This article was provided by Complete Track and Field
By Scott Christensen
To improve athletic performance in any sport requires ongoing development of the five primary physical components: speed, endurance, strength, flexibility, and coordination. Balanced development in these five bio-motor skills is sport-specific with the training emphasis on each of the five determined by the demands of the sport and the profile of the athlete. In cross country running there is a heavy emphasis on endurance training, with the other four components used to a lesser degree to maximize performance.
Overall, cross country running performance is easy to assess as it is the elapsed time on the watch for the distance raced. This final time, however, does not tell the whole story of the five primary physical components and their development. The cross country coach should set up a means by which to comparatively measure the norms for the athletes on the team and a plan for assessing progress in all the bio-motor skills.
Rather than set up tests to measure skill levels and compare norms for each of the five primary physical components separately, it can be done in four distinctive and demanding tests. The administered tests would be done for each of the three main components: endurance, speed, and strength, with a single test then used to assess flexibility and coordination. The value in taking precious practice time to administer the four tests on each athlete is that it first establishes a baseline value for each test on each runner, and then subsequent tests will show changes to the baseline. Besides, these tests are fun for the athletes and help establish a good team atmosphere.
Let’s start with the most important test for cross country runners: date pace aerobic power. The values derived from this experiment are the single most important indicator of endurance capability in an athlete. The test is a ten minute run to exhaustion on the track. The coach will need to first set out forty cones or tape-marks on the inside of the track, or one cone every ten meters. All of the cross country runners’ start at the same starting point and the runners proceed for exactly ten minutes. Splits can be read to keep the runners on task. After ten minutes the runners are stopped with a whistle and they stand where they each stopped. The coach walks around the track and records the distance completed for each runner. This data becomes part of the runners’ permanent profile.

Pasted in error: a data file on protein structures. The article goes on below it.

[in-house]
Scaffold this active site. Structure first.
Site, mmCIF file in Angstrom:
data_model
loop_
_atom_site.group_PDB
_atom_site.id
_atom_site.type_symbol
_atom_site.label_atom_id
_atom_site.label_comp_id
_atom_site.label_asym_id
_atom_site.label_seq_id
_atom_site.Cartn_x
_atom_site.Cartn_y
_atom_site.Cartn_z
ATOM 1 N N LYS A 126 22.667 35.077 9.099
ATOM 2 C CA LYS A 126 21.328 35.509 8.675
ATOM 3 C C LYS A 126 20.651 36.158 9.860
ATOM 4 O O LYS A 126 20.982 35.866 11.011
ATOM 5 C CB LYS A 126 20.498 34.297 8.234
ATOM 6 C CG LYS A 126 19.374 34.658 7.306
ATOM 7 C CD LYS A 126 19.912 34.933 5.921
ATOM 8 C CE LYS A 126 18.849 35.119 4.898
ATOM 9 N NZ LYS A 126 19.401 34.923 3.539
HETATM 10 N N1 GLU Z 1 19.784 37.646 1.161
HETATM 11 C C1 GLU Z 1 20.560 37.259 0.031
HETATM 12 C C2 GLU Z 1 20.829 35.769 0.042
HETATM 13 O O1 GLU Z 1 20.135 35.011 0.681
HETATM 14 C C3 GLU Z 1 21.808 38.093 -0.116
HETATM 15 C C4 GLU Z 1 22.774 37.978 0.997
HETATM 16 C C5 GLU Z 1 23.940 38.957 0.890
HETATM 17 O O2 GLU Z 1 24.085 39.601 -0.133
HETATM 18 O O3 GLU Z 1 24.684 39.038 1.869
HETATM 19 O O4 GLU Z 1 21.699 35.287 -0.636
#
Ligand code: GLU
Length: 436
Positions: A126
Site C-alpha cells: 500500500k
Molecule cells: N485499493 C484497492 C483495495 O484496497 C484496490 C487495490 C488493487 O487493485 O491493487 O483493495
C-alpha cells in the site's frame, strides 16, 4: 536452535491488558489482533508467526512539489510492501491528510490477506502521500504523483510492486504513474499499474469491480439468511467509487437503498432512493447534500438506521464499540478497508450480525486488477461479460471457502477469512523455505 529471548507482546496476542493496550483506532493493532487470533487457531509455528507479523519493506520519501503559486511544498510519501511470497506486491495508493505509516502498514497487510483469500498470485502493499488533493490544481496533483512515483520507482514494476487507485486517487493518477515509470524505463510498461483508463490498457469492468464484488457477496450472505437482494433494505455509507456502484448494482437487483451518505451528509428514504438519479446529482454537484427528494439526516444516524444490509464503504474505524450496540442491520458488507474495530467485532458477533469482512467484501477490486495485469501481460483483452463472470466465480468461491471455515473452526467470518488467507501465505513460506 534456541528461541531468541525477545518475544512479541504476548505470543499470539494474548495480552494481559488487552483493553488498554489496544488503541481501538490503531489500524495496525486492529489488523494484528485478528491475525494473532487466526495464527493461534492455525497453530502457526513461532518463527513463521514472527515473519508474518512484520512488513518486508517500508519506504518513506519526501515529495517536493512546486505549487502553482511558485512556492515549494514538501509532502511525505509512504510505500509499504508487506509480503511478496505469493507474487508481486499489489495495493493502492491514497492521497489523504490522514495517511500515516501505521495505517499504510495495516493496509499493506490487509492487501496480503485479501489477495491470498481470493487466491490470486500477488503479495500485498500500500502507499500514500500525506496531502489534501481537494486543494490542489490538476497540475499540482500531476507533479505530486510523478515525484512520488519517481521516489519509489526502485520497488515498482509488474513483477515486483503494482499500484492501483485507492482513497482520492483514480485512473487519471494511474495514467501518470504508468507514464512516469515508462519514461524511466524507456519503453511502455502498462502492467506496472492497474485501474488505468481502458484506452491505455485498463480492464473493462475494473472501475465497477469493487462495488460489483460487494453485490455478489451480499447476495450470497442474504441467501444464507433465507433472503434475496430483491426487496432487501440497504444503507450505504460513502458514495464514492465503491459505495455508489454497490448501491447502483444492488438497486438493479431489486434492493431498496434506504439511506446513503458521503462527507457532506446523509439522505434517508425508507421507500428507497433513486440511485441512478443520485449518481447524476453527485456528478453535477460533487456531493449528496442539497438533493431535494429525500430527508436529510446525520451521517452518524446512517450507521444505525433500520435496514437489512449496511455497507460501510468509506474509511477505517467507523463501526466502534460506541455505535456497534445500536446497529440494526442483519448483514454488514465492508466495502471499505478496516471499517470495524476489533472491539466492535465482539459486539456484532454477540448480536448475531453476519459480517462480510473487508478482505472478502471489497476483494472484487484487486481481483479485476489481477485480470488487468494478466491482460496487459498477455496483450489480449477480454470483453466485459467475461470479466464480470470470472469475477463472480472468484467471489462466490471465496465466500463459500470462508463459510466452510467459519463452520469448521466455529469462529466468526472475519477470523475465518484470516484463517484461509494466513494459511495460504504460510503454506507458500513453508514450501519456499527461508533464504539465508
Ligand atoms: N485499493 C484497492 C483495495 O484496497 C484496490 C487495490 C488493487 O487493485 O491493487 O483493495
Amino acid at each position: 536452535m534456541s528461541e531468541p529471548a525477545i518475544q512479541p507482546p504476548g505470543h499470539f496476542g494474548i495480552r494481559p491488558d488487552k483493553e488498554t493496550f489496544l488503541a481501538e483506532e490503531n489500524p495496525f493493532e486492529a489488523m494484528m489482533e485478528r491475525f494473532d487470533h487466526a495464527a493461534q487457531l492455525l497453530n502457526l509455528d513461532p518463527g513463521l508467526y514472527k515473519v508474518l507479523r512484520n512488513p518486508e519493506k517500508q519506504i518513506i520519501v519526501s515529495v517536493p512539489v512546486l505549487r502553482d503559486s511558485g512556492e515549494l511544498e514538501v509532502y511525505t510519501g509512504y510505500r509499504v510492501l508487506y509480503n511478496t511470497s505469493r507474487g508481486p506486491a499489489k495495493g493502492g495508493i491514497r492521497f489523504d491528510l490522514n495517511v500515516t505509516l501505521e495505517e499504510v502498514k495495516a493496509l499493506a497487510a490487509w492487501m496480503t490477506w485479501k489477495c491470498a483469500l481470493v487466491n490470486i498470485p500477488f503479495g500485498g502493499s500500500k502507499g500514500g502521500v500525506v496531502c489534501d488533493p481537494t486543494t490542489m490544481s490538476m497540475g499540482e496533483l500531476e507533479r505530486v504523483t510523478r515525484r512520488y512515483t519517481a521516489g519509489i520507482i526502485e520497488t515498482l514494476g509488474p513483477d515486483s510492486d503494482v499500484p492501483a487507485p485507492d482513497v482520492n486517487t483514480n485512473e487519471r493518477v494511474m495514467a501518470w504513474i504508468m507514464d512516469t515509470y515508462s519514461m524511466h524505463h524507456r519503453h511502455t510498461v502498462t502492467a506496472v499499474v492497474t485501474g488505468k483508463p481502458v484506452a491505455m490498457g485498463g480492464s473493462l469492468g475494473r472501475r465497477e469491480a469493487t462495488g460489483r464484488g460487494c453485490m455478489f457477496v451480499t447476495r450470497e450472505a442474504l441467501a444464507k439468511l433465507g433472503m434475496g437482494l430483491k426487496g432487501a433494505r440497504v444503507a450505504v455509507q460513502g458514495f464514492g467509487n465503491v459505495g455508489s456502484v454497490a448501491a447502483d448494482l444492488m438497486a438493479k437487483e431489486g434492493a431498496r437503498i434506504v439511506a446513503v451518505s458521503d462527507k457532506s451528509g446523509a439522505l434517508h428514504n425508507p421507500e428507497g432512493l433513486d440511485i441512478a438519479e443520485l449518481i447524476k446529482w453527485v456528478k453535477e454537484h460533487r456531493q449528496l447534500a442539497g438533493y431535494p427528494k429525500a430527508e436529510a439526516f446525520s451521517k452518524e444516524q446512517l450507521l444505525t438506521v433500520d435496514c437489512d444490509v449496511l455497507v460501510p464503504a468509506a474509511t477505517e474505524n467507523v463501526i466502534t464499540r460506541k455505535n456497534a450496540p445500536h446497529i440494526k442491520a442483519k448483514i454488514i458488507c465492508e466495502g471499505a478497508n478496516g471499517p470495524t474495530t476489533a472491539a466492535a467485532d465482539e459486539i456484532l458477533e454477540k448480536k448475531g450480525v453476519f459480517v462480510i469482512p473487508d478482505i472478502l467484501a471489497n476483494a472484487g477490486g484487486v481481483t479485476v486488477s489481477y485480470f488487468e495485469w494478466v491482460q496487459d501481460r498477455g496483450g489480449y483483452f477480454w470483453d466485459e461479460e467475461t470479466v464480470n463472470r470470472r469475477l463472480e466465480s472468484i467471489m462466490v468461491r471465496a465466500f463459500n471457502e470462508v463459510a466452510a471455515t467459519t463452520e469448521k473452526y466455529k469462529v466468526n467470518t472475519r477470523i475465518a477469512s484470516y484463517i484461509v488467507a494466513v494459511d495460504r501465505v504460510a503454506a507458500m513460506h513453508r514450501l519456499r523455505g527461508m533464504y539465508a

Table 1 indicates the high school-aged male endurance runner norms on this test.
Speed as a primary physical component is usually measured with a distance of thirty meters on the fly. This means that the acceleration distance is removed from the elapsed time. Runners are timed for thirty meters only during the absolute speed portion of the run. The speed test is also done on the track with an emphasis on fast. The coach should separate two large cones with exactly thirty meters distance on the straight portion of the track. This is the fly distance. Using a smaller cone add another ten meters to the start of the fly zone. This is the non-timed acceleration zone and is used as the starting line of the run. Using an electronic speed-trap device or just by hand holding a stopwatch, the coach yells go and starts the watch as the runner passes the first big cone and stops it at the end of the fly zone as the runner passes by the second big cone. This data becomes part of their athlete profile.